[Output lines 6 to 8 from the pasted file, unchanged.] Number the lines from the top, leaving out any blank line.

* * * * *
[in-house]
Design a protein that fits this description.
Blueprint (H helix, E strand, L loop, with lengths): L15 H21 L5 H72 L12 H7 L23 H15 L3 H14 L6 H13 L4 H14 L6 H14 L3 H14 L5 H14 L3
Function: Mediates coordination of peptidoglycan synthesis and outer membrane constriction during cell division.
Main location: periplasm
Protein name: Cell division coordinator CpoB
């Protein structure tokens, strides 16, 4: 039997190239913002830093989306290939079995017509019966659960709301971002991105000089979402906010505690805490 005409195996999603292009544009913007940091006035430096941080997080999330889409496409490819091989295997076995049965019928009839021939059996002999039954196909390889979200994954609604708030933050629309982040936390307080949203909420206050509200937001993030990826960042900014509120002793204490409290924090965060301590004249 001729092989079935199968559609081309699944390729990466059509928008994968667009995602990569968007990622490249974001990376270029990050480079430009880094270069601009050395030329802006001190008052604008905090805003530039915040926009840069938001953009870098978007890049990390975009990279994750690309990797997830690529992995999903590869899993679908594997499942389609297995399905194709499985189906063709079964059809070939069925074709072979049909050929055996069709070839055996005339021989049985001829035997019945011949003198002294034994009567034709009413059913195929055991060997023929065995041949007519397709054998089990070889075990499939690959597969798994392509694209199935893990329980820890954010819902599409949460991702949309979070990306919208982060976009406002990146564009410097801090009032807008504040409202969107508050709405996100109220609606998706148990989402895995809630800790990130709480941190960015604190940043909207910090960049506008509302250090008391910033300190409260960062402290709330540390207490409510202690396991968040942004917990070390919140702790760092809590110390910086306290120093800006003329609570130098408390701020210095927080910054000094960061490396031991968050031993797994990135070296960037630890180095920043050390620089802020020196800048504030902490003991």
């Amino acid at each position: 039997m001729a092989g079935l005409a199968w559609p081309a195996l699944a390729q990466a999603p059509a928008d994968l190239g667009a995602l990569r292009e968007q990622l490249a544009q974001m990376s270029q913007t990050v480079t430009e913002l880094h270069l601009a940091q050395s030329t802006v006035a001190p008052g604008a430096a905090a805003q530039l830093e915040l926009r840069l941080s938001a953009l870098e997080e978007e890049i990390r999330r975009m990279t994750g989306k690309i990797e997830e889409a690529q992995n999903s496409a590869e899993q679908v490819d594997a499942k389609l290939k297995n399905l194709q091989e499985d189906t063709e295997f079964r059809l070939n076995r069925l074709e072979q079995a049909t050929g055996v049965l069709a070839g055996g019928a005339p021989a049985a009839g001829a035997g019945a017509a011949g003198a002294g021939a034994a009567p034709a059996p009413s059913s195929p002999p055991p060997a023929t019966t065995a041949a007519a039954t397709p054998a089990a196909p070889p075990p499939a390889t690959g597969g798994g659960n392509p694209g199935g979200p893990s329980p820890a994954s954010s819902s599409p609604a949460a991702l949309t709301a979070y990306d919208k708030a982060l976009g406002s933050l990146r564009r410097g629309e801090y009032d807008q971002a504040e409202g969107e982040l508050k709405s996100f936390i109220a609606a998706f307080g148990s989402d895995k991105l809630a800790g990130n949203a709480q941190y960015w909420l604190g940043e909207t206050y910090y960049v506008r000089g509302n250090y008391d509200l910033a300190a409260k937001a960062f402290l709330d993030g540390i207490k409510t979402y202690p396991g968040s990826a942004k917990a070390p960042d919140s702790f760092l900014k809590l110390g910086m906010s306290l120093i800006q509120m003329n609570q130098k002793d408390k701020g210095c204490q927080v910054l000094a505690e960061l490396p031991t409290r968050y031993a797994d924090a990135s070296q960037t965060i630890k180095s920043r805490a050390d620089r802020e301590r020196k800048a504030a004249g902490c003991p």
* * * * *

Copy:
Protein name: Cell division coordinator CpoB
């Protein structure tokens, strides 16, 4: 039997190239913002830093989306290939079995017509019966659960709301971002991105000089979402906010505690805490 005409195996999603292009544009913007940091006035430096941080997080999330889409496409490819091989295997076995049965019928009839021939059996002999039954196909390889979200994954609604708030933050629309982040936390307080949203909420206050509200937001993030990826960042900014509120002793204490409290924090965060301590004249 001729092989079935199968559609081309699944390729990466059509928008994968667009995602990569968007990622490249974001990376270029990050480079430009880094270069601009050395030329802006001190008052604008905090805003530039915040926009840069938001953009870098978007890049990390975009990279994750690309990797997830690529992995999903590869899993679908594997499942389609297995399905194709499985189906063709079964059809070939069925074709072979049909050929055996069709070839055996005339021989049985001829035997019945011949003198002294034994009567034709009413059913195929055991060997023929065995041949007519397709054998089990070889075990499939690959597969798994392509694209199935893990329980820890954010819902599409949460991702949309979070990306919208982060976009406002990146564009410097801090009032807008504040409202969107508050709405996100109220609606998706148990989402895995809630800790990130709480941190960015604190940043909207910090960049506008509302250090008391910033300190409260960062402290709330540390207490409510202690396991968040942004917990070390919140702790760092809590110390910086306290120093800006003329609570130098408390701020210095927080910054000094960061490396031991968050031993797994990135070296960037630890180095920043050390620089802020020196800048504030902490003991």
């Amino acid at each position: 039997m001729a092989g079935l005409a199968w559609p081309a195996l699944a390729q990466a999603p059509a928008d994968l190239g667009a995602l990569r292009e968007q990622l490249a544009q974001m990376s270029q913007t990050v480079t430009e913002l880094h270069l601009a940091q050395s030329t802006v006035a001190p008052g604008a430096a905090a805003q530039l830093e915040l926009r840069l941080s938001a953009l870098e997080e978007e890049i990390r999330r975009m990279t994750g989306k690309i990797e997830e889409a690529q992995n999903s496409a590869e899993q679908v490819d594997a499942k389609l290939k297995n399905l194709q091989e499985d189906t063709e295997f079964r059809l070939n076995r069925l074709e072979q079995a049909t050929g055996v049965l069709a070839g055996g019928a005339p021989a049985a009839g001829a035997g019945a017509a011949g003198a002294g021939a034994a009567p034709a059996p009413s059913s195929p002999p055991p060997a023929t019966t065995a041949a007519a039954t397709p054998a089990a196909p070889p075990p499939a390889t690959g597969g798994g659960n392509p694209g199935g979200p893990s329980p820890a994954s954010s819902s599409p609604a949460a991702l949309t709301a979070y990306d919208k708030a982060l976009g406002s933050l990146r564009r410097g629309e801090y009032d807008q971002a504040e409202g969107e982040l508050k709405s996100f936390i109220a609606a998706f307080g148990s989402d895995k991105l809630a800790g990130n949203a709480q941190y960015w909420l604190g940043e909207t206050y910090y960049v506008r000089g509302n250090y008391d509200l910033a300190a409260k937001a960062f402290l709330d993030g540390i207490k409510t979402y202690p396991g968040s990826a942004k917990a070390p960042d919140s702790f760092l900014k809590l110390g910086m906010s306290l120093i800006q509120m003329n609570q130098k002793d408390k701020g210095c204490q927080v910054l000094a505690e960061l490396p031991t409290r968050y031993a797994d924090a990135s070296q960037t965060i630890k180095s920043r805490a050390d620089r802020e301590r020196k800048a504030a004249g902490c003991p």